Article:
Wednesday, 31 December 2014

City of the Lord

On 20 December I spent a weekend in Leeds.  The city is the third largest in the UK (after London and Birmingham) but this agglomerative accolade is as much the outcome of cookie-cutter administrative boundaries than any geographical fact.  It is a regional centre for banking and retail, along with significant remnants of its once dominant role in manufacturing.  On the recommendation of a friend I decided to stay at the Queens Hotel, an eerie Art Deco building dating from 1937, because I had been given a small task to complete: to photograph the hotel ballroom.  The ballroom of the Queens Hotel has a distinctive place in the music culture of northern England — during the late 1970s many bands performed there— but what is the venue like now?  I finally set out to complete my task on the Sunday morning but immediately found that the pathway to the room was staffed by succession of stewards for the LIFE Church, a recently founded religious organization based in Bradford, with branches in Leeds, Belfast, and most recently Warsaw.  As an agnostic atheist I felt rather like an imposter edging my way ever closer to the room; as I neared the entrance someone tried to hug me, I was clearly entering an alien spiritual domain.  The room was filled with a glittering darkness of acoustic guitars and biblical incantations; an imaginary post-industrial nirvana far removed from the sound and fury of the past.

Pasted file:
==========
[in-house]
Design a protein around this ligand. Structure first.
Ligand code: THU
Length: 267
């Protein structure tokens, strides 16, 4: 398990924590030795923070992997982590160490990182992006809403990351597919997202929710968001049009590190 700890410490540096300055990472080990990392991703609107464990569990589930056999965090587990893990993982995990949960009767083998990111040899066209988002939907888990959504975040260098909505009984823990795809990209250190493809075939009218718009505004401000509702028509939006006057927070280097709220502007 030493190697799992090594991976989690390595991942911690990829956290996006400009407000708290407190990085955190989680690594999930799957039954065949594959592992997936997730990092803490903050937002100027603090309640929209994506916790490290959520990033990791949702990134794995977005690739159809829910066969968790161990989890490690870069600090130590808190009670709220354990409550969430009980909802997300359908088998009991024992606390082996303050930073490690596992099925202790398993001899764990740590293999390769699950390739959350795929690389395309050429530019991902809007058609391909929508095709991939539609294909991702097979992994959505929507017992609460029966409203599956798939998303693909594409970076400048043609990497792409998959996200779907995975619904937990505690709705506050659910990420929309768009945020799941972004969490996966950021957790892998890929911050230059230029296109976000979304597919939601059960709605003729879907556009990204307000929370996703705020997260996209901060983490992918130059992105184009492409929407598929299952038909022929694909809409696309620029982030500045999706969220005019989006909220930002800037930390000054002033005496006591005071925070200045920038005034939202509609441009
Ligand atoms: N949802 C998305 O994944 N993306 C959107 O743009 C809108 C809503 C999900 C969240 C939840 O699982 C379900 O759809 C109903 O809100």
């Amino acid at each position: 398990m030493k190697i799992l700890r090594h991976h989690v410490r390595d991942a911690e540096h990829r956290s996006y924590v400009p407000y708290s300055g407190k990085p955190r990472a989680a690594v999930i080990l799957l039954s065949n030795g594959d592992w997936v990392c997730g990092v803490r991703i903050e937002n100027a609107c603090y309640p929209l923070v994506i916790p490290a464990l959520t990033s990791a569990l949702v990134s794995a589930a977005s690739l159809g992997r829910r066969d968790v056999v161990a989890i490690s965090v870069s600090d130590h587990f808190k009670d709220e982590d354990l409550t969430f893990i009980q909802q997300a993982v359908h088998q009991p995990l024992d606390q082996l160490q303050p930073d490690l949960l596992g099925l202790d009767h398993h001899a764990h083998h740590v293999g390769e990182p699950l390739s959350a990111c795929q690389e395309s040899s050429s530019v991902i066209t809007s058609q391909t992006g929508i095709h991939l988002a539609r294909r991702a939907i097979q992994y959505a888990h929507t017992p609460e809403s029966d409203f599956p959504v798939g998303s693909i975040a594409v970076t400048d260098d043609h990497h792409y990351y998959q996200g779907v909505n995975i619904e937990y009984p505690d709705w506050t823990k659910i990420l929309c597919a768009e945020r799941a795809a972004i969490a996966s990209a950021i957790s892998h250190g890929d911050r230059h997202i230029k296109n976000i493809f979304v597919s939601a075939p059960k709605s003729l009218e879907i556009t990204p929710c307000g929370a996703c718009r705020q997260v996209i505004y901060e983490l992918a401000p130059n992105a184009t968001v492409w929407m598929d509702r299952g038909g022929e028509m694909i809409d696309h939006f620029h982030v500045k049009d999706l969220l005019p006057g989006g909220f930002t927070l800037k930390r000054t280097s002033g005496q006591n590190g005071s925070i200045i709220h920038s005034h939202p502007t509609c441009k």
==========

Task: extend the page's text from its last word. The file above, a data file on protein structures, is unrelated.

Ballroom of the Queens Hotel, Leeds, 21 December 2014


My apologies for not having posted anything for over two years — it was as if I had gone to make a cup of tea only to find that time had moved swiftly on by the time I returned to my desk.  Well here I am again with a mug of tea to my right and the familiar London vista of moss-clad rooftops to the left.  The German word Funkstille means “radio silence” but it also has the figurative connotation of a non-communicative interlude.  My very own Funkstille has origins both personal and professional (if I may be permitted such a plodding alliteration).  I also somehow managed to mislay my password — just one among dozens of others that we all strive to make both cryptic and memorable.